For decades, investors, credit-rating agencies, and analysts assessing the relative performance of companies with large portfolios of leases have capitalized off-balance-sheet leases as assets rather than expenditures.
Now, after much deliberation,
the rules are catching up to common practice: in 2019, all leases longer than 12 months will have to be recognized on the balance sheet as a “right of use” asset and a corresponding financial liability under both International Financial Reporting Standards (IFRS) and US generally accepted accounting principles (GAAP).
As a result, lease-intensive industries, such as retail, travel, and transportation and logistics, face changes. Reported debt for such players (and consequently, reported assets and invested capital) could increase by 30 percent to 60 percent (exhibit). No materially new information will be disclosed, but at a high level, the change in rules will make it easier for investors and analysts to compare performance across companies.
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Some inconsistencies remain, however. For example, the International Accounting Standards Board and the Financial Accounting Standards Board both require that companies recognize the liability of future lease payments over initial lease periods, as well as an offsetting right-of-use asset for all leases. With some exceptions, such as the exclusion of small-value leases under IFRS, balance sheets should be comparable. The income statement, however, presents a new issue. Under IFRS, all lease payments will have to be split into depreciation and interest charges, neatly separating operating expenses and finance costs in both the profit-and-loss and cash-flow statements. By contrast, US GAAP will still recognize the concept of an operating lease, and companies will record lease expenses for them fully in the operating-expenses portion of the two statements.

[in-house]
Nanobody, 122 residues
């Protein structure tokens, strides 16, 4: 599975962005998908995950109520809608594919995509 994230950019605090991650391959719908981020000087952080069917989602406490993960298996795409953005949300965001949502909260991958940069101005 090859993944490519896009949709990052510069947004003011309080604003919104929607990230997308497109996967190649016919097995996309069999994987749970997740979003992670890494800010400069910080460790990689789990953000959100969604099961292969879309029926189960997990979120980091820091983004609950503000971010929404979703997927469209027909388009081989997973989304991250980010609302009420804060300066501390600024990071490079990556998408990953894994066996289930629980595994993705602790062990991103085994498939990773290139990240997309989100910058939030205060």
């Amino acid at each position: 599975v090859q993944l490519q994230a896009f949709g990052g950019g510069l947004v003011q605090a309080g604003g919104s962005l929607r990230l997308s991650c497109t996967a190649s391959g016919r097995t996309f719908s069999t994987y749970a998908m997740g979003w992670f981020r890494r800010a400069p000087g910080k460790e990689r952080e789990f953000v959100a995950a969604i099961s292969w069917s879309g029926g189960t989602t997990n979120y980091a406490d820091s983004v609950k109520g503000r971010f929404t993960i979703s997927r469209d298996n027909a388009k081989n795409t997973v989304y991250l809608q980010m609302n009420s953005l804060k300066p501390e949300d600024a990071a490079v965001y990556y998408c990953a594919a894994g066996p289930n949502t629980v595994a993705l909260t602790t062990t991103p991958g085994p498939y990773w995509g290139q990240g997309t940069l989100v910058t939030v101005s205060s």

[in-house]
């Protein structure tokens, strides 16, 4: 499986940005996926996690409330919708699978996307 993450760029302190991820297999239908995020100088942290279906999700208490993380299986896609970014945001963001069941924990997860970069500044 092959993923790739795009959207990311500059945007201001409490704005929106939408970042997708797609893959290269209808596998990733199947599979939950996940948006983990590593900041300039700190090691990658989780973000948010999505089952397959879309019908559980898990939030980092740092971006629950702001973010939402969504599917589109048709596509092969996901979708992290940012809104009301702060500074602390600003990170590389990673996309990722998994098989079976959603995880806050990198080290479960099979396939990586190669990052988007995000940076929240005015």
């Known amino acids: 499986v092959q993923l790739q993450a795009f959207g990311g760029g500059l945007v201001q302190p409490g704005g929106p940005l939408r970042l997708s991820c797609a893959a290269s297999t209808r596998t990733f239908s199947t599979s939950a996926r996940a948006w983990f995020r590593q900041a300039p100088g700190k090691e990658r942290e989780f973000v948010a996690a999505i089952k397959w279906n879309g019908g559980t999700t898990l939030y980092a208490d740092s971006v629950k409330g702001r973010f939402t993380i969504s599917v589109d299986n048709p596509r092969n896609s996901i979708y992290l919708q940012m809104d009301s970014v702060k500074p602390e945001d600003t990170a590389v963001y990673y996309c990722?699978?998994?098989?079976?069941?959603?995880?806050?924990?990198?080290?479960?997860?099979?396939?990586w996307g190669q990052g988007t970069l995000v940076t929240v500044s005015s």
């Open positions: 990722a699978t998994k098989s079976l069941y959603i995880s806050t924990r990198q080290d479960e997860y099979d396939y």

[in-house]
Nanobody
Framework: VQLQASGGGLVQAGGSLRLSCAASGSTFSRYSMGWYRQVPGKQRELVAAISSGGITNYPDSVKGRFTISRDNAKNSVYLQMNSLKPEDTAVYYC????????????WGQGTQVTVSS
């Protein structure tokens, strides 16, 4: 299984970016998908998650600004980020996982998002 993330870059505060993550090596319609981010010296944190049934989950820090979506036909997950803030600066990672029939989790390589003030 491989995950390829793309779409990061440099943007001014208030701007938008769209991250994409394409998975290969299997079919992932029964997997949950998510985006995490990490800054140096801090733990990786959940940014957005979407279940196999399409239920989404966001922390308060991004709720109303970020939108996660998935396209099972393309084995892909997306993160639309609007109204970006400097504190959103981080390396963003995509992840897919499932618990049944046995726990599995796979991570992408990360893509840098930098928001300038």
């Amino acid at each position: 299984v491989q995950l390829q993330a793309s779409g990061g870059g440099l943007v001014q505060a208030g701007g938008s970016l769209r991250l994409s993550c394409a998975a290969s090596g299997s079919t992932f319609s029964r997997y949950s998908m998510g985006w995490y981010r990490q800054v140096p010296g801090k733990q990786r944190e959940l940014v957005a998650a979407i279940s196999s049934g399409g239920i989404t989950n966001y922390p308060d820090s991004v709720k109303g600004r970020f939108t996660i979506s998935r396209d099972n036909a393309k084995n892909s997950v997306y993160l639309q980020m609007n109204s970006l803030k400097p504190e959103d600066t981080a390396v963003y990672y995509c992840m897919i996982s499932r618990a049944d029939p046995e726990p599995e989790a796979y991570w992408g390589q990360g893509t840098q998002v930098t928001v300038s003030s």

As a result, investors and analysts wanting to compare companies’ return on capital, EBITDA, EBITA, margins, and enterprise-level multiples will still have to restate the data for businesses reporting under US GAAP. They will have to add back the implied interest cost to reported operating profits to make them fully comparable. This should not be a difficult task.
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Clearly, financial analysts will also need to take care when benchmarking performance over longer time frames, making sure to restate pre-rule-change financial data as best as they can to be consistent with post-rule-change standards. This will be the only way to draw meaningful conclusions from analyses over long time frames.
For executives in industries with extensive leasing portfolios, the message is also clear: these changes in accounting rules, by themselves, warrant no shift of real-estate or financing strategies. As we’ve outlined in earlier research,
accounting-rule changes that don’t require companies to disclose more information don’t reveal new insights that might lead investors to change their assessments of a company’s value. We’ve seen no revaluation when stock options were expensed or when goodwill accounting changed to then-new rules.
Investors understand that cash flows don’t automatically change when the rules do—and that’s what matters, ultimately.